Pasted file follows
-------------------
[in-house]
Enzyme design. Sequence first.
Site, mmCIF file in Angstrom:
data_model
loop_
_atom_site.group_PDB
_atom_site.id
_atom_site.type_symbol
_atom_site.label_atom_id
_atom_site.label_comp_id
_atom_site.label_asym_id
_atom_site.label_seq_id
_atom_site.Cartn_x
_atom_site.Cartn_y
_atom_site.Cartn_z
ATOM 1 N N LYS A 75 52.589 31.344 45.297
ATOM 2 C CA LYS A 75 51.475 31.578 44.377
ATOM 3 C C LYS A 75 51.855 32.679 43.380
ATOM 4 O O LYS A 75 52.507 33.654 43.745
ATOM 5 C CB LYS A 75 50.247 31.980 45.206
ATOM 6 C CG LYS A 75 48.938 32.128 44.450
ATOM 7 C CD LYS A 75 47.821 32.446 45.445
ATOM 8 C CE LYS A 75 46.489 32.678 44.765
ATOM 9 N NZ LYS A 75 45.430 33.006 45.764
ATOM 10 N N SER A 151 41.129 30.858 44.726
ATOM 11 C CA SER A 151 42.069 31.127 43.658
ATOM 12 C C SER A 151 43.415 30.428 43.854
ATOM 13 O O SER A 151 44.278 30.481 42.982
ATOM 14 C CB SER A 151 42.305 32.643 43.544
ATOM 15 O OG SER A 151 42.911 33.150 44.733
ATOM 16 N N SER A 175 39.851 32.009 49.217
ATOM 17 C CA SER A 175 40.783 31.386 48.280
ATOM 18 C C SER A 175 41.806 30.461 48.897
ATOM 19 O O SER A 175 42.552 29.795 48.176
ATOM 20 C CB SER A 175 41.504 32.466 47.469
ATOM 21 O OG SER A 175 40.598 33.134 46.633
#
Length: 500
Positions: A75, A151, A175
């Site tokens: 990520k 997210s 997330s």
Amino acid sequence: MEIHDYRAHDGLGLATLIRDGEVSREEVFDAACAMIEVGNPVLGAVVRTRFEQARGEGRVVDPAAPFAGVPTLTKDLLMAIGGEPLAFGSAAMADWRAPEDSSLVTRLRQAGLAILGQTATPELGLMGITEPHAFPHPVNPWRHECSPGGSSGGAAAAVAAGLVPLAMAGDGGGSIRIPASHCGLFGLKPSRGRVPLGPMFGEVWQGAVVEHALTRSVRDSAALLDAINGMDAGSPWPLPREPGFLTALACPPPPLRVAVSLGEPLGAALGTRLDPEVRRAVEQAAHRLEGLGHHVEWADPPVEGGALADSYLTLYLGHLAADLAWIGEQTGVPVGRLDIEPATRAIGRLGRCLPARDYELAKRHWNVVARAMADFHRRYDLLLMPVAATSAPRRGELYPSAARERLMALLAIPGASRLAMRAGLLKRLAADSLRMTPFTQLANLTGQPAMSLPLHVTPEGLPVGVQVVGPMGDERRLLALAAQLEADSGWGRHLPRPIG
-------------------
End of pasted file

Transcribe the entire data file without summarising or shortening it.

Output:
[in-house]
Enzyme design. Sequence first.
Site, mmCIF file in Angstrom:
data_model
loop_
_atom_site.group_PDB
_atom_site.id
_atom_site.type_symbol
_atom_site.label_atom_id
_atom_site.label_comp_id
_atom_site.label_asym_id
_atom_site.label_seq_id
_atom_site.Cartn_x
_atom_site.Cartn_y
_atom_site.Cartn_z
ATOM 1 N N LYS A 75 52.589 31.344 45.297
ATOM 2 C CA LYS A 75 51.475 31.578 44.377
ATOM 3 C C LYS A 75 51.855 32.679 43.380
ATOM 4 O O LYS A 75 52.507 33.654 43.745
ATOM 5 C CB LYS A 75 50.247 31.980 45.206
ATOM 6 C CG LYS A 75 48.938 32.128 44.450
ATOM 7 C CD LYS A 75 47.821 32.446 45.445
ATOM 8 C CE LYS A 75 46.489 32.678 44.765
ATOM 9 N NZ LYS A 75 45.430 33.006 45.764
ATOM 10 N N SER A 151 41.129 30.858 44.726
ATOM 11 C CA SER A 151 42.069 31.127 43.658
ATOM 12 C C SER A 151 43.415 30.428 43.854
ATOM 13 O O SER A 151 44.278 30.481 42.982
ATOM 14 C CB SER A 151 42.305 32.643 43.544
ATOM 15 O OG SER A 151 42.911 33.150 44.733
ATOM 16 N N SER A 175 39.851 32.009 49.217
ATOM 17 C CA SER A 175 40.783 31.386 48.280
ATOM 18 C C SER A 175 41.806 30.461 48.897
ATOM 19 O O SER A 175 42.552 29.795 48.176
ATOM 20 C CB SER A 175 41.504 32.466 47.469
ATOM 21 O OG SER A 175 40.598 33.134 46.633
#
Length: 500
Positions: A75, A151, A175
């Site tokens: 990520k 997210s 997330s």
Amino acid sequence: MEIHDYRAHDGLGLATLIRDGEVSREEVFDAACAMIEVGNPVLGAVVRTRFEQARGEGRVVDPAAPFAGVPTLTKDLLMAIGGEPLAFGSAAMADWRAPEDSSLVTRLRQAGLAILGQTATPELGLMGITEPHAFPHPVNPWRHECSPGGSSGGAAAAVAAGLVPLAMAGDGGGSIRIPASHCGLFGLKPSRGRVPLGPMFGEVWQGAVVEHALTRSVRDSAALLDAINGMDAGSPWPLPREPGFLTALACPPPPLRVAVSLGEPLGAALGTRLDPEVRRAVEQAAHRLEGLGHHVEWADPPVEGGALADSYLTLYLGHLAADLAWIGEQTGVPVGRLDIEPATRAIGRLGRCLPARDYELAKRHWNVVARAMADFHRRYDLLLMPVAATSAPRRGELYPSAARERLMALLAIPGASRLAMRAGLLKRLAADSLRMTPFTQLANLTGQPAMSLPLHVTPEGLPVGVQVVGPMGDERRLLALAAQLEADSGWGRHLPRPIG